Bent torflex 3.5K Dexter axle - Escape Trailer Owners Community

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Old 12-03-2017, 07:17 PM   #1
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Bent torflex 3.5K Dexter axle

Some person jacked up my 17' Escape, at the centre of the torflex axle, bending it upwards. This was done to replace the tires in a shop in Utah. I just noticed this today while replacing my brake assemblies and doing the bearings. Now I wonder how this effects the angle of the wheels? Maybe I have to replace the axle or try to find a shop to straighten it. Has this happened to anyone else Any suggestions would be welcomed.
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Old 12-03-2017, 07:21 PM   #2
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These axles have a curve to them I found out.
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Old 12-03-2017, 07:49 PM   #3
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Really BENT

I can see the jacking point and know it has been bent upwards a significant amount.
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Old 12-03-2017, 08:45 PM   #4
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The axles are usually ordered ( as an option) with a upward bow or camber bend. Get the info from your axle data plate and call Dexter. They should be able to tell you how much and how to measure your deflection to verify if it is or is not within specs .
If bad you can order an a blank axle W/O brakes and hubs and reuse your brakes bearings and hubs. You will save about $250. on the axle alone. It is not a difficult swap if you can do your own bearings and brakes. You can also order other options during the swap like replaceable spindles or a heavier load rating up to 4K, high lift purches or a different down angle.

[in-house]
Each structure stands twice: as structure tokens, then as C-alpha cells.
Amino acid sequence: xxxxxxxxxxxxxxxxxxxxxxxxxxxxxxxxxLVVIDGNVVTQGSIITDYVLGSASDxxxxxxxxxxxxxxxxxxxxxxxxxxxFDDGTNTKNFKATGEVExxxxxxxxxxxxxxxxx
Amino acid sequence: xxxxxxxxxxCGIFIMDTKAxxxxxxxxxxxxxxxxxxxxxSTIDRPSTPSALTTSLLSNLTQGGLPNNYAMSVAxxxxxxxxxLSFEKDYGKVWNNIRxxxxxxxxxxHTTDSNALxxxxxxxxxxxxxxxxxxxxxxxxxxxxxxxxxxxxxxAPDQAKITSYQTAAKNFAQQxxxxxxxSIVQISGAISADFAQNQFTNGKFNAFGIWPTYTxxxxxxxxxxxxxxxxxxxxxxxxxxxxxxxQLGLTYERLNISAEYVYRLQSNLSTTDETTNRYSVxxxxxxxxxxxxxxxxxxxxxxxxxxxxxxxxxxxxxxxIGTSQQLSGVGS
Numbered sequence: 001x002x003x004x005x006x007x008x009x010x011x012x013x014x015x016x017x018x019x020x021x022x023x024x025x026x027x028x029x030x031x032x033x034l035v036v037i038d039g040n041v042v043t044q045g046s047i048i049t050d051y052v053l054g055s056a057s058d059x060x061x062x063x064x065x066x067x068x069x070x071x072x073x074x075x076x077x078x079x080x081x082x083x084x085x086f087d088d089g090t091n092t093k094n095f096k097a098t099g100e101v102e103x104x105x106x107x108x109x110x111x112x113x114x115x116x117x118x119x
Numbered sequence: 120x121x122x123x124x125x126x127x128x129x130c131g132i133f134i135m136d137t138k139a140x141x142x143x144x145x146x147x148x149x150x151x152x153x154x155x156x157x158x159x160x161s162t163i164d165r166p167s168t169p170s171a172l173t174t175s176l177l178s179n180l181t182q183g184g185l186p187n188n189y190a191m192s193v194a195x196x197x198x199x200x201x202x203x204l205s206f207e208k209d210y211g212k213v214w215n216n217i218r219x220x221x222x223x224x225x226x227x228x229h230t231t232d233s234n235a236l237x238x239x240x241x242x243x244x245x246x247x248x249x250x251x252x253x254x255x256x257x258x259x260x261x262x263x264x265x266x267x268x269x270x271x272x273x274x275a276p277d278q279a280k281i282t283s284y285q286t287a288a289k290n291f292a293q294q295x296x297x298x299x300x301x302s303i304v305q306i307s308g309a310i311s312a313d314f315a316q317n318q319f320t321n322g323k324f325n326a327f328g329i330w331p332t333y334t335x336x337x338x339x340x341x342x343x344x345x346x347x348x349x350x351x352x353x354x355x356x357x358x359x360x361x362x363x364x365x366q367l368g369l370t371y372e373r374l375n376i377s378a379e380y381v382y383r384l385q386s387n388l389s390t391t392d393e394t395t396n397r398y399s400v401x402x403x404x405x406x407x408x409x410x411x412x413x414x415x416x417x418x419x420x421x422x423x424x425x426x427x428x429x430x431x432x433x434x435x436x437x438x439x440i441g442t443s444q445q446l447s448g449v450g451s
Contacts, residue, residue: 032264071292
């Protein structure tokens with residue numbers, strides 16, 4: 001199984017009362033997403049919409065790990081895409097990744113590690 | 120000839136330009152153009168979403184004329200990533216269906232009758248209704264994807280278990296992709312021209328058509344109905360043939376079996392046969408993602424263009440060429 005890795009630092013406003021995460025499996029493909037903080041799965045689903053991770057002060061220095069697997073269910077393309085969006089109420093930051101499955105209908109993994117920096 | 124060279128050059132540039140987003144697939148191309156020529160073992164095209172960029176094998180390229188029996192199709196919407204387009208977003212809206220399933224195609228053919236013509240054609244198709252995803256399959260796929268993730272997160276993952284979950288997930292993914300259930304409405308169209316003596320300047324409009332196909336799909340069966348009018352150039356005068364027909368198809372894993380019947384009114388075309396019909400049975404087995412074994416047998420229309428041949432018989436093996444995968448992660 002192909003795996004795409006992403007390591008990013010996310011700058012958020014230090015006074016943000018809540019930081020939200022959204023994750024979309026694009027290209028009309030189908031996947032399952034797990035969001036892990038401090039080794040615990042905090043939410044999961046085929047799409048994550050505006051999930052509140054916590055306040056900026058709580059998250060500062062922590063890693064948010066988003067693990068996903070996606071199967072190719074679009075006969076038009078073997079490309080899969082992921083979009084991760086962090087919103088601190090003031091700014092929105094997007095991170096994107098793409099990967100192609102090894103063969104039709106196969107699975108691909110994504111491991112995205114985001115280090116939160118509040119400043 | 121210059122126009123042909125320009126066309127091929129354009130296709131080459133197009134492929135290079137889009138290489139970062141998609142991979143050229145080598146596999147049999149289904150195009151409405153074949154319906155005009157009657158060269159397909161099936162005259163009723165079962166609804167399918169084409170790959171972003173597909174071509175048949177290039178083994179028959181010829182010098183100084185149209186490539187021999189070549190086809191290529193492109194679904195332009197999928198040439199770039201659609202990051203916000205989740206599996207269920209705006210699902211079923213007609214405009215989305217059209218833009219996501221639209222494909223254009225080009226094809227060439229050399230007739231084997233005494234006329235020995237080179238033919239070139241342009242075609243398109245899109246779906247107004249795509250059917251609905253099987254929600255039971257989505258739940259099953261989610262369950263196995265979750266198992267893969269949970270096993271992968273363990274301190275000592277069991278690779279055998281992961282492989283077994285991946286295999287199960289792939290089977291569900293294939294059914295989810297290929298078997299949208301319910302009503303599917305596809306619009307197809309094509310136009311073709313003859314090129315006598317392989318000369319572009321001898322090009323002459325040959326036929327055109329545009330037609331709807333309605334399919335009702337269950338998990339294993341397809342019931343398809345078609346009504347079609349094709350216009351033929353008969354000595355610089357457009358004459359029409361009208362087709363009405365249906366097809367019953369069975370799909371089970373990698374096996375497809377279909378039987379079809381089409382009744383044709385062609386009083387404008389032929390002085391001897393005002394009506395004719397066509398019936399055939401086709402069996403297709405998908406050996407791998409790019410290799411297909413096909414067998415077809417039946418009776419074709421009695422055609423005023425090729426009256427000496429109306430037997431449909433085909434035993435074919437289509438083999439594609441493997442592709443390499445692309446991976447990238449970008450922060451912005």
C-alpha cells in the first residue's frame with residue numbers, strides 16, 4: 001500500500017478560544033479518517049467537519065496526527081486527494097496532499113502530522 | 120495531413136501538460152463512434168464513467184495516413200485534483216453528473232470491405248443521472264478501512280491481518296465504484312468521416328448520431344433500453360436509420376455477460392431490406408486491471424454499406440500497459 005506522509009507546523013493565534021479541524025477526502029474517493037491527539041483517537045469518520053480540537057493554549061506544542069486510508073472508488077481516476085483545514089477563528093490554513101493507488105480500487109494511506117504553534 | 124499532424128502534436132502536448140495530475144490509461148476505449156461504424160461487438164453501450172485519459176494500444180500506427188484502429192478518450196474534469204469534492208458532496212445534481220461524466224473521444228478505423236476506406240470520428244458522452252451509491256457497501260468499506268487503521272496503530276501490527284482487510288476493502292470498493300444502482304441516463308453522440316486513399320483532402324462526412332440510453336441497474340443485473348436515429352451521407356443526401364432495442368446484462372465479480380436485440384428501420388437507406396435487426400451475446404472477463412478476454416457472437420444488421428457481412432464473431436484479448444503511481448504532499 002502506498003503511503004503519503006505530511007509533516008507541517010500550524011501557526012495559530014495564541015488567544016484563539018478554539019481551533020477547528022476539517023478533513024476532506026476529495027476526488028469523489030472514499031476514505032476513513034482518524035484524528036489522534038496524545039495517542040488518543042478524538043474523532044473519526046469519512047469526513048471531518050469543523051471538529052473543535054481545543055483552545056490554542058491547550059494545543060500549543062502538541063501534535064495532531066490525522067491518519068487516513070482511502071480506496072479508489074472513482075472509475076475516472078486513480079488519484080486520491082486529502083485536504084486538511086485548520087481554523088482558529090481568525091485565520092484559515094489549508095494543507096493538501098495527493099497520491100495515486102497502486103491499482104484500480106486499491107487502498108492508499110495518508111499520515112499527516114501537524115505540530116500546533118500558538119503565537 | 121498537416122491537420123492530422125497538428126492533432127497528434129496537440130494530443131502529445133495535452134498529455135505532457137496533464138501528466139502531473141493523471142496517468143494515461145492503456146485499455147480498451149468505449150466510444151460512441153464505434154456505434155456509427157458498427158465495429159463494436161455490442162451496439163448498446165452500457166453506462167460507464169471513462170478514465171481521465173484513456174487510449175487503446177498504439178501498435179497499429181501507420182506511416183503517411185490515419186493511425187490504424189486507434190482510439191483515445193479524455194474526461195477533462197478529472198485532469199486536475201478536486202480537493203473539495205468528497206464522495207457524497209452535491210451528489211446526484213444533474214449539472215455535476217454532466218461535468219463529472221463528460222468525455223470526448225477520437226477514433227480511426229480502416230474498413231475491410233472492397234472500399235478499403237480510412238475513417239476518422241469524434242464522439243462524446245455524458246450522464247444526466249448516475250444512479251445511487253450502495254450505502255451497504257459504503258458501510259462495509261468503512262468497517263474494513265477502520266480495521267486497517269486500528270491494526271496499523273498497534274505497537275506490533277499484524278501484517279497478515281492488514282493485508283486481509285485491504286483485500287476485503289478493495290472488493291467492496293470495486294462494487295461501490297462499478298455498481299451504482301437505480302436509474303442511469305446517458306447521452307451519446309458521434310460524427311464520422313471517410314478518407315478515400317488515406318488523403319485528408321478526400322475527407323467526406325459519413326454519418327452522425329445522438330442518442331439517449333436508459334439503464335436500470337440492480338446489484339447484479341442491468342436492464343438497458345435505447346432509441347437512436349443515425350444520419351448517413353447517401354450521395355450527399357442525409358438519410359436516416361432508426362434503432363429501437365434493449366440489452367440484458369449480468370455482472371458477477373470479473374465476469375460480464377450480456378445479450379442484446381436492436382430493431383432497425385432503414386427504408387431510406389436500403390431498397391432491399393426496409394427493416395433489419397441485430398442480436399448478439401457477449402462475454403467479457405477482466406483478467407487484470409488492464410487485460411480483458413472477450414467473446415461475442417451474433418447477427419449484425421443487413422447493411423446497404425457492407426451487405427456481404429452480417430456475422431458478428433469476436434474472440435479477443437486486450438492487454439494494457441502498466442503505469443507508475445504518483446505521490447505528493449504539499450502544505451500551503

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Old 12-03-2017, 08:55 PM   #5
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Quote:
Originally Posted by Ian Hall View Post
I can see the jacking point and know it has been bent upwards a significant amount.
Not disputing you but an obvious bend in the axle is normal. Maybe yours is bent even more. If so you will notice increased wear towards the outside of the tires. Do your tires show this? If the tread wear pattern is normal you have nothing to worry about.

I'll go over tomorrow and take a picture of ours, there is a obvious upward bend in the axles which is normal. The axle is designed so the weight of the trailer will straighten the bend just enough to keep the tires flat on the ground.


People have made the mistake with the other type of axle and flipped them under the springs instead of having perches welded on top the axle and quickly discover they have very rapid inside tire tread wear.
That causes the bend to be down instead of up. The correction is to have someone bend the center up until the axle has the correct degree of bend.
Or do it correctly and have the perches done right and remount the axle.
Myself I would not trust it if it was rebent and would replace the axle if I came across one of those.

Here is an axle showing the bend. Reaching back into memory that is the camber adjustment. I imagine Iowa Dave can expand on the importance of camber.
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File Type: jpg axle.jpg (23.6 KB, 26 views)
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Old 12-03-2017, 09:16 PM   #6